Construction and testing

An actual-size, single-side PCB for the circuit of the event logger (Fig. 1) is shown in Fig. 2 and its component layout in Fig. 3. Assemble the circuit on a PCB as it saves time and minimises assembly errors. Carefully assemble the components and double-check for any overlooked error. Use IC bases for the microcontroller and the RTC. Before inserting the ICs, check the supply voltage. Using preset VR1 set the LCD contrast for proper display. To test the circuit for proper working, check the voltages at different points as per Table II.

Software

The source program for the microcontrollers is written in ‘C’ language and compiled using Keil µVision4 compiler. The generated hex code is burnt into the microcontroller by using a suitable programmer. The program is well-commented and easy to understand.

On reset/power-‘on,’ the microcontroller executes the main program. It first initialises variables, baud rate and the LCD, then starts displaying the messages for setting the time and date using start( ) function. Time and date are to be entered from the numeric keypad. Key_scan( ) function scans for key entries. Message ‘Invalid Key’ is displayed on the LCD if any wrong key is pressed. A continuous loop always displays the date and time and checks the status of switches S17 through S19. Function DS1307_get(unsigned char addr) is used to read the time and date, which are displayed on the LCD by function sendlcd(unsigned char value).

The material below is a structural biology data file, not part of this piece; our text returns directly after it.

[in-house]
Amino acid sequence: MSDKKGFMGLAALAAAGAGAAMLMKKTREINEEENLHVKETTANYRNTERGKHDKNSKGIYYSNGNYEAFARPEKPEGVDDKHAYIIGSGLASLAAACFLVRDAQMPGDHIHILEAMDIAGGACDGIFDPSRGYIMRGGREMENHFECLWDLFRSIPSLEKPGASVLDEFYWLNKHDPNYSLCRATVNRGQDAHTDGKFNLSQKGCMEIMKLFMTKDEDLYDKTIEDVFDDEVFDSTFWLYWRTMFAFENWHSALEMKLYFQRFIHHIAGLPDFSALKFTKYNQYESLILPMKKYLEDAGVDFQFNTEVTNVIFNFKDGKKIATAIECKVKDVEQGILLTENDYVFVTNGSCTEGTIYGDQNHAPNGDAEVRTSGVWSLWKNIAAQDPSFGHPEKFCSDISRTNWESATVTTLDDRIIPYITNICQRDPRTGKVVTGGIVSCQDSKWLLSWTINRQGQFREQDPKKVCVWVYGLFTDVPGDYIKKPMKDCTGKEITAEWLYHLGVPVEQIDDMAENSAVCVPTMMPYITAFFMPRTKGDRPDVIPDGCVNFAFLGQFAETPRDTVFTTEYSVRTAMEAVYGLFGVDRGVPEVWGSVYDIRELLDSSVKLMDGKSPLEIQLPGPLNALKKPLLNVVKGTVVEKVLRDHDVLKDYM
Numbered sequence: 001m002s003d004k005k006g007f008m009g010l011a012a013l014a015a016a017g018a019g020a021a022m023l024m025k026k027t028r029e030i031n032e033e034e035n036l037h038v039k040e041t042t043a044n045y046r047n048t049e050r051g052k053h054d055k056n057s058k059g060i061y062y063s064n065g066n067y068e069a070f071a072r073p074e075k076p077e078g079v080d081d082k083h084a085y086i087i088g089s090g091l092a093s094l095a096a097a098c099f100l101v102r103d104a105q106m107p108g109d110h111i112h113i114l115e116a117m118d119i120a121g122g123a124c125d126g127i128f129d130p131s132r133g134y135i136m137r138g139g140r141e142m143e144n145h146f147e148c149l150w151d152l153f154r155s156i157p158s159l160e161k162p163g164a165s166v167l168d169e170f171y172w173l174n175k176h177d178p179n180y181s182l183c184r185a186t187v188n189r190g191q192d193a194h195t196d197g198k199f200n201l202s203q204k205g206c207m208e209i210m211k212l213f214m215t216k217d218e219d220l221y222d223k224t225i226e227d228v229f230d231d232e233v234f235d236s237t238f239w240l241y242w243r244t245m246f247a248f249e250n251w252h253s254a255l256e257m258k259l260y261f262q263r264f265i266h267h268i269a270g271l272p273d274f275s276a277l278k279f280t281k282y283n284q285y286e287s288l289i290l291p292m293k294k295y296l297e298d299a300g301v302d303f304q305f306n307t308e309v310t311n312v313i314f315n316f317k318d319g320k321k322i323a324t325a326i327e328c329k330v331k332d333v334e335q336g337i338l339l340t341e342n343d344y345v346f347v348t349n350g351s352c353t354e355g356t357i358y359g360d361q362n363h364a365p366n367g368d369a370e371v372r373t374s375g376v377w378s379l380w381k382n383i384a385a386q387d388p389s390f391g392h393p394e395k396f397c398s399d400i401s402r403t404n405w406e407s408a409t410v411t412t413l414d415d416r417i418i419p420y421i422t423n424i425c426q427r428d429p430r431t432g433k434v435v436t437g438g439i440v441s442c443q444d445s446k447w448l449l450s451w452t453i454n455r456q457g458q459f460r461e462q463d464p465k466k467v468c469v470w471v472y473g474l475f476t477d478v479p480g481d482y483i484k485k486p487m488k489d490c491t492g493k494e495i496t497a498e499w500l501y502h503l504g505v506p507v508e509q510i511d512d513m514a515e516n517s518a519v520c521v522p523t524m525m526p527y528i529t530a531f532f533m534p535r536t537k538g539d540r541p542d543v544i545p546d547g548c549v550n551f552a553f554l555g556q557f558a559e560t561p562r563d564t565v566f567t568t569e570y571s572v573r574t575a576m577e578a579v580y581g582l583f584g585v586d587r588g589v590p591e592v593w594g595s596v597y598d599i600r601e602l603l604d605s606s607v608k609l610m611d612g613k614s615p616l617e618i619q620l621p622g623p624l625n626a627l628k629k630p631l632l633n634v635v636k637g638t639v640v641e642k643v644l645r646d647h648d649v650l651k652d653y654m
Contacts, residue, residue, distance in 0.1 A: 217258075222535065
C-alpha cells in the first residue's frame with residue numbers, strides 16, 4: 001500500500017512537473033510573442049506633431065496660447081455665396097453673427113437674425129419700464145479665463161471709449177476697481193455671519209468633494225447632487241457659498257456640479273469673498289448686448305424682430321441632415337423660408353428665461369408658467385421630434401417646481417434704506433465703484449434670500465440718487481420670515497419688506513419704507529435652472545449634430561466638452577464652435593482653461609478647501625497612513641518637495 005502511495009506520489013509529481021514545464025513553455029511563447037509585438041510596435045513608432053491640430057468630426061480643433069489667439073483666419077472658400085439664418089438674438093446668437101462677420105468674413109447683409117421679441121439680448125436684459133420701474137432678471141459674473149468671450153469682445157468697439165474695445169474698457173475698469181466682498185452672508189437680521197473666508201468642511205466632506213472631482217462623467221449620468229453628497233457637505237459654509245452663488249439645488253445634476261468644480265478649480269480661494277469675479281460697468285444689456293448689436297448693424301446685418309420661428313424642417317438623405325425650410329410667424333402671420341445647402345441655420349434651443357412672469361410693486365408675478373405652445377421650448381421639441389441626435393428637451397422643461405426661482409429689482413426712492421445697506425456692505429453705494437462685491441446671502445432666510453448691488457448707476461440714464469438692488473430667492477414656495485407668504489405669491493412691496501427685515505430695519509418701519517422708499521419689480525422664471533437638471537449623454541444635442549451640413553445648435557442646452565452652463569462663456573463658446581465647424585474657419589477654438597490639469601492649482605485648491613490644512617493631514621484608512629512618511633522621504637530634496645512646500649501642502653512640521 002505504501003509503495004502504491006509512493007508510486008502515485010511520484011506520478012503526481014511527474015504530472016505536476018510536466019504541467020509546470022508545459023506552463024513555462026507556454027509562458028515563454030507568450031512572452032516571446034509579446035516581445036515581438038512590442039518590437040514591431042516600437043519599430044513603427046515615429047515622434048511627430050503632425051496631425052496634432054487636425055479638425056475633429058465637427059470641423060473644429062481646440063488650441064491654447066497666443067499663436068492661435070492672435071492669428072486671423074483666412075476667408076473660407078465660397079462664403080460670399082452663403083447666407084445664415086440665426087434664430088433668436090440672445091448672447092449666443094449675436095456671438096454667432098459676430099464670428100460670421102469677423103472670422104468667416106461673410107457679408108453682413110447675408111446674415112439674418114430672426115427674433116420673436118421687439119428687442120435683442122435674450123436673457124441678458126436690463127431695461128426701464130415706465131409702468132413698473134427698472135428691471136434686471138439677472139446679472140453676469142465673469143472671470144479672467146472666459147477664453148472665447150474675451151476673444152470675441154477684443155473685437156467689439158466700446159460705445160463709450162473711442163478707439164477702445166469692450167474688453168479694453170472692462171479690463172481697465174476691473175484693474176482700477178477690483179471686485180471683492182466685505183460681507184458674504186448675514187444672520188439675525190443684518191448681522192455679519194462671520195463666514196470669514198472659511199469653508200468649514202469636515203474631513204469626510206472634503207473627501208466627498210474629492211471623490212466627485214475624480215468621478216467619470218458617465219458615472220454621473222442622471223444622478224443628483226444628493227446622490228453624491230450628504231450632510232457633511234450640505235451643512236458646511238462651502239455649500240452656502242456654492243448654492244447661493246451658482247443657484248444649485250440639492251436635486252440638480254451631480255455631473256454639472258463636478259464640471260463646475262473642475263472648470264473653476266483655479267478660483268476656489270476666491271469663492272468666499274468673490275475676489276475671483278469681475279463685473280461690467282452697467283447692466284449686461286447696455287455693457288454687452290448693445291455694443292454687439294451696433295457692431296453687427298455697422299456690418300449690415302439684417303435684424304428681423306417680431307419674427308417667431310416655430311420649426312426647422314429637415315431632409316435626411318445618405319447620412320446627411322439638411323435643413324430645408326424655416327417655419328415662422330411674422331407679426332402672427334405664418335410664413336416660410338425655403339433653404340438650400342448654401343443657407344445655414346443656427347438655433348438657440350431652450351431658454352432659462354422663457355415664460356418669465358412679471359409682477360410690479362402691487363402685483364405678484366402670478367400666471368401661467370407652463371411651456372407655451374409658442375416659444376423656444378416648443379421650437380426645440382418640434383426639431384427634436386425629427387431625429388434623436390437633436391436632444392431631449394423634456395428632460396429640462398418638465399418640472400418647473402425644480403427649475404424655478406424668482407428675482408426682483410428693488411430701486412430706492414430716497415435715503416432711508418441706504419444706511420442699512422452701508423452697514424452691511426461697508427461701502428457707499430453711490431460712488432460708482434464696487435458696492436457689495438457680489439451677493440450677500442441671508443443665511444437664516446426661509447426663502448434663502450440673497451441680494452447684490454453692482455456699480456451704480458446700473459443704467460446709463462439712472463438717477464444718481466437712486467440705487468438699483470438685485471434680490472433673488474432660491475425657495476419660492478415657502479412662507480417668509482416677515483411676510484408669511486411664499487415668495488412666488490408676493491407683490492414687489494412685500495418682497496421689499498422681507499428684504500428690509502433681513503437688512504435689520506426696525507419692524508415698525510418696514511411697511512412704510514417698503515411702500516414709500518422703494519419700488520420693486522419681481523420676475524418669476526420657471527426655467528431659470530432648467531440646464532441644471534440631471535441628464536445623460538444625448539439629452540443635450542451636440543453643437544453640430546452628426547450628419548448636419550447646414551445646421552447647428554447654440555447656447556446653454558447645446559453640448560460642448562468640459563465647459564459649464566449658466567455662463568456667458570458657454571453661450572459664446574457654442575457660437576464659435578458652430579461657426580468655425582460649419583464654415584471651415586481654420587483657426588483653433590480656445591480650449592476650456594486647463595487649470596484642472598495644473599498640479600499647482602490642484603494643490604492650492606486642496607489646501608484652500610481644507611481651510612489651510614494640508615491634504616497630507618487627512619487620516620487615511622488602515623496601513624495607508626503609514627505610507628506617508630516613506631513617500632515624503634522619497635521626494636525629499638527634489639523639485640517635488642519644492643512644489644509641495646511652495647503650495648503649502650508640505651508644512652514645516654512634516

When an event occurs (switch S17 pressed), the time and date of the event are saved on the microcontroller’s memory location by data_shift( ) function and message “You are logged” is displayed on the LCD. Switches S18 and S19 are used to display the last ten recorded data on the LCD one by one and the last 100 recorded data on the HyperTerminal. Functions DS1307_settime(unsigned char hh, unsigned char min, unsigned char ss) and DS1307_setdate(unsigned char dd, unsigned char mm, unsigned char yy) are used to set the time and date, respectively.